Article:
Grammy award-winning composer and recording artist Omar Akram once said, “It’s important to understand that diplomacy does not always have to be political. When you keep an open mind and an open heart to the many cultures of the world, you can turn your musical instrument into an instrument of peace.”
Roderick Cox, the young associate conductor of the Minnesota Orchestra, agrees. To that end, he and the Minnesota Orchestra are collaborating with students from the MacPhail Northside Youth Orchestra and a number of local African American choirs to put on a concert called “Send Me Hope: A Community United Through Music” at Minnesota Orchestra Hall on October 7.
In this collaborative concert, local artists and choirs, including the Greater Friendship Missionary Baptist Church Choir, Minnesota State Baptist Convention Church Choir, Shiloh Temple International Ministries Church Choir, and the Shiloh Temple Drummer Boys, will perform together for a special evening of entertainment.
The aim of the concert is to deliver a “heartfelt message of unity, healing and inspiration” at a time when many communities are dealing with a sense of heightened racial injustice, division and unrest.
This sort of community outreach isn’t new to Cox — it is, in fact, a part of his mission. Says Cox, “The Minnesota Orchestra has been very much centered on not only how we can serve our community, specifically in Minneapolis, but even abroad as we tour. We’re always doing outreach.”
Cox and his orchestra teamed up with Shiloh Temple International Ministries last December for a concert entitled “Spirit of the Season” that was a wild success. He recalls, “It was a snowy day and I was afraid people wouldn’t show up, but the audience was packed to hear this historic collaboration.
“We thought, let’s expand this — let’s invite other churches and come to Orchestra Hall.” There will be a combined choir of a hundred-plus people, says Cox.
Featured in the program will be the work of historic African British composer Samuel Taylor Coleridge, as well as the talent of cellist and Schubert Club Prize winner Nygel Witherspoon and local singing sensation and former American Idol contestant Paris Bennett.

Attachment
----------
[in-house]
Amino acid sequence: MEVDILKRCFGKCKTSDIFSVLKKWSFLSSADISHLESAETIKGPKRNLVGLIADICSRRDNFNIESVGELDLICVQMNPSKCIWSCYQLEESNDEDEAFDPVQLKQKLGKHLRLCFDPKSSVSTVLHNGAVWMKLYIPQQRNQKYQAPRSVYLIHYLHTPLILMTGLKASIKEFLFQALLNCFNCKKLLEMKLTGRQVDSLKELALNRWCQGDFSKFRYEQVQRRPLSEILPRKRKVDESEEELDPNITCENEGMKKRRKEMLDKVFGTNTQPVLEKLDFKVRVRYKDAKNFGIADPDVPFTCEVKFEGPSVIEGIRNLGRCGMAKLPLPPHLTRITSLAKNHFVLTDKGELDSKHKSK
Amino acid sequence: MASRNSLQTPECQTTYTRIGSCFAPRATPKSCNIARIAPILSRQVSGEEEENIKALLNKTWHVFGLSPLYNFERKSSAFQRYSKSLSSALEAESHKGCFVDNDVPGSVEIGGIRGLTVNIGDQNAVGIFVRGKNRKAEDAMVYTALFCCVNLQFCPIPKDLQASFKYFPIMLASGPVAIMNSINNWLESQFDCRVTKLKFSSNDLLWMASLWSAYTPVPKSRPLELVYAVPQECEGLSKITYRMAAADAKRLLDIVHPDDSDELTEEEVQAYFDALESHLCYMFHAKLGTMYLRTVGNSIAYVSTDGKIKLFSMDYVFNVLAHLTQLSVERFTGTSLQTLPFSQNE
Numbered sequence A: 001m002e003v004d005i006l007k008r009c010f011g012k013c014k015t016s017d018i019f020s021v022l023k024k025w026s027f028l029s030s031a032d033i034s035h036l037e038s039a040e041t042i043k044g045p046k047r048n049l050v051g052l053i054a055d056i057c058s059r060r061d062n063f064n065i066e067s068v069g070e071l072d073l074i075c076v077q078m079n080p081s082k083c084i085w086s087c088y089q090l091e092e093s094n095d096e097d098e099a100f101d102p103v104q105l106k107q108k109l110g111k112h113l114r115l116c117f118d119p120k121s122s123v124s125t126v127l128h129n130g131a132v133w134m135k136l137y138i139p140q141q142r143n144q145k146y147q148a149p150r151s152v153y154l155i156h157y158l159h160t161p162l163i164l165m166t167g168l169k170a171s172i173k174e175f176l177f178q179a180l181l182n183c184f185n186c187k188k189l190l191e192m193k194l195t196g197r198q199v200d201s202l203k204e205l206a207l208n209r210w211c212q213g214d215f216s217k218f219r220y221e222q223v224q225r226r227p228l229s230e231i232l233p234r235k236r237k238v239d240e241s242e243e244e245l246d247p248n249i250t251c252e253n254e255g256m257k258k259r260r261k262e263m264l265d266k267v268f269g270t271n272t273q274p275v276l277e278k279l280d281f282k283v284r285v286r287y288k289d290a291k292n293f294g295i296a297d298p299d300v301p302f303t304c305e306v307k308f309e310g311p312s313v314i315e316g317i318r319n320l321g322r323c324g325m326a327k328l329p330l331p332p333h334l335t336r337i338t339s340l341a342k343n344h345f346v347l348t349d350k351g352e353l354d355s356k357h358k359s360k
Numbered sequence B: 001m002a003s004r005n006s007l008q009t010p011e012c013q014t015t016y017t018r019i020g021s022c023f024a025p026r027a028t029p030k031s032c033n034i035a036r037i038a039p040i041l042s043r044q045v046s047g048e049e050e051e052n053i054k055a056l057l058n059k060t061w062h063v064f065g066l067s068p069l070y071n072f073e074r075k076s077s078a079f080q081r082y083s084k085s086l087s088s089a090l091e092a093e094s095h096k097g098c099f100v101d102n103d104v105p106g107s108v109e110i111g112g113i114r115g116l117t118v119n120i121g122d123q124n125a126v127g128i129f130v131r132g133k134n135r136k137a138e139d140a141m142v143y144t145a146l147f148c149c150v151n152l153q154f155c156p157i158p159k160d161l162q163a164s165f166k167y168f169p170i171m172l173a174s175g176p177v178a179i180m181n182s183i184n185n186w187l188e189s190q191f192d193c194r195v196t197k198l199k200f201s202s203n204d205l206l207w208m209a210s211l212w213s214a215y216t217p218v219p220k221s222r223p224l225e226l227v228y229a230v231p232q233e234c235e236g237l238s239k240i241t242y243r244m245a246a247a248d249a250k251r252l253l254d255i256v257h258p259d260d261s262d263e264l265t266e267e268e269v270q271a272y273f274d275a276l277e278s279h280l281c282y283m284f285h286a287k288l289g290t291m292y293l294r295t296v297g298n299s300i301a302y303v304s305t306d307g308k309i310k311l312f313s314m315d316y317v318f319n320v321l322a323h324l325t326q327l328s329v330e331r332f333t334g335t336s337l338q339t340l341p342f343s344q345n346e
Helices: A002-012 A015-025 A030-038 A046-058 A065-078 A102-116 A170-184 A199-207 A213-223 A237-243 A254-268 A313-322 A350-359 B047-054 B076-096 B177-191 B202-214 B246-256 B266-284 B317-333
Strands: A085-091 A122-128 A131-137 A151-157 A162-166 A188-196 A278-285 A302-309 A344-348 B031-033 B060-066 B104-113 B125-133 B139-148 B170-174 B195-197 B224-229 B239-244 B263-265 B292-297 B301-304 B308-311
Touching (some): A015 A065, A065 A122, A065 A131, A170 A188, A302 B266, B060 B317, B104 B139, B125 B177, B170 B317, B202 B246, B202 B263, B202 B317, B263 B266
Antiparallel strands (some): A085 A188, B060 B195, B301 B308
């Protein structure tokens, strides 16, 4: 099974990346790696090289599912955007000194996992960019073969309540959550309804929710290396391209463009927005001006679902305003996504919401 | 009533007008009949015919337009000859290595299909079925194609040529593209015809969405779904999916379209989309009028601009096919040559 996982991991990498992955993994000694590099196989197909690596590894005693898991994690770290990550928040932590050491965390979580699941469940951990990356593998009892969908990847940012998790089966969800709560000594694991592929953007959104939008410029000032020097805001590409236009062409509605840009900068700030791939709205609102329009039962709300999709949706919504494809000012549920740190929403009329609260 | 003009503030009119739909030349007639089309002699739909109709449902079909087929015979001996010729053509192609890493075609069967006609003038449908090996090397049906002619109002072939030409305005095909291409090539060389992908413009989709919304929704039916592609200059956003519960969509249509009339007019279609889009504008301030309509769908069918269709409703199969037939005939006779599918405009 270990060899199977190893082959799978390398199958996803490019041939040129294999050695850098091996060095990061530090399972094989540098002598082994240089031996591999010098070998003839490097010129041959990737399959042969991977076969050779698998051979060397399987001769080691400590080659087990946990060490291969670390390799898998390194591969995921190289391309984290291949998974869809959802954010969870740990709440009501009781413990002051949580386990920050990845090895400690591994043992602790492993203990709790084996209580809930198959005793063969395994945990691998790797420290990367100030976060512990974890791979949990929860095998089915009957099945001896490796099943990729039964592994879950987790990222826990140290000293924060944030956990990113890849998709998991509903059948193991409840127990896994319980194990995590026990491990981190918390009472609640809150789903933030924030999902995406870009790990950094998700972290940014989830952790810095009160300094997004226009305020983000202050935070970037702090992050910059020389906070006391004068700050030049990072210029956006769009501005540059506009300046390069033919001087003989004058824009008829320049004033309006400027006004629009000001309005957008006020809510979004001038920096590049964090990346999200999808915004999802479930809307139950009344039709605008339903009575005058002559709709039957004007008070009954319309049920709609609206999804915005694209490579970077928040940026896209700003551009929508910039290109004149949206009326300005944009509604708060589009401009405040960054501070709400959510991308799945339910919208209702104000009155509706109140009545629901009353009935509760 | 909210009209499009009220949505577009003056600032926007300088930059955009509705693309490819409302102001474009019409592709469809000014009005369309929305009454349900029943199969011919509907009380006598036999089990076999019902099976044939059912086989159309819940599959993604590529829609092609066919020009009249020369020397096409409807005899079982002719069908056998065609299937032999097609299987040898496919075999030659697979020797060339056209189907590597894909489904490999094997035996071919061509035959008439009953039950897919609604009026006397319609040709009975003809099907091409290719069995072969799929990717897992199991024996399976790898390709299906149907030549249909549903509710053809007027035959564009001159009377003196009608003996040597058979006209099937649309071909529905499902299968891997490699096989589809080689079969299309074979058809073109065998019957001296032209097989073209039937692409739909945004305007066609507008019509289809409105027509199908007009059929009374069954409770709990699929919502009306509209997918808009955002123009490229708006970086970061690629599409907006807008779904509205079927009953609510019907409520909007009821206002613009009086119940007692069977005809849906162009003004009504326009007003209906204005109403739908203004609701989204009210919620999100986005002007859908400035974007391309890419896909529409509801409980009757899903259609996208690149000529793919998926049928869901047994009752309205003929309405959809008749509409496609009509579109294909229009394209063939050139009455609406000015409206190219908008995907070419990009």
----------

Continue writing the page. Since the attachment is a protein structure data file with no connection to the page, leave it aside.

Cox, a Georgia native, received a master of music degree in conducting from Northwestern University in Evanston, Illinois. He explains that his appreciation for classical music “evolved throughout my life in a natural way, which is different from other conductors who may have grown up in a musical family or maybe saw an opera at the age of nine or 10 and knew they had to be a conductor.
“For me, I just enjoyed being in music, whether it was gospel or being in the band. I loved this idea of a group of people coming together working toward one common goal.”
Cox has been at the Minnesota Orchestra for over two years and is one of the few African American conductors in the world of classical music. The position affords him a more comprehensive view of society, which obviously also influences his approach to the work he does.
Though he firmly believes that culture can bring people together, he also says it is about how you package it and present it.
He adds, “As an orchestra, we should not only be there for a city when it’s time to celebrate, we should also be there for the city when it’s time to mourn and to look for inspiration.”
“Send My Hope” takes place at Minnesota Orchestra Hall, 1111 Nicollet Mall in Minneapolis, on Saturday, October 7 at 7 pm. For more information or to buy tickets, visit www.minnesotaorchestra.org.
Nadine Matthews welcomes readers’ responses to firstname.lastname@example.org.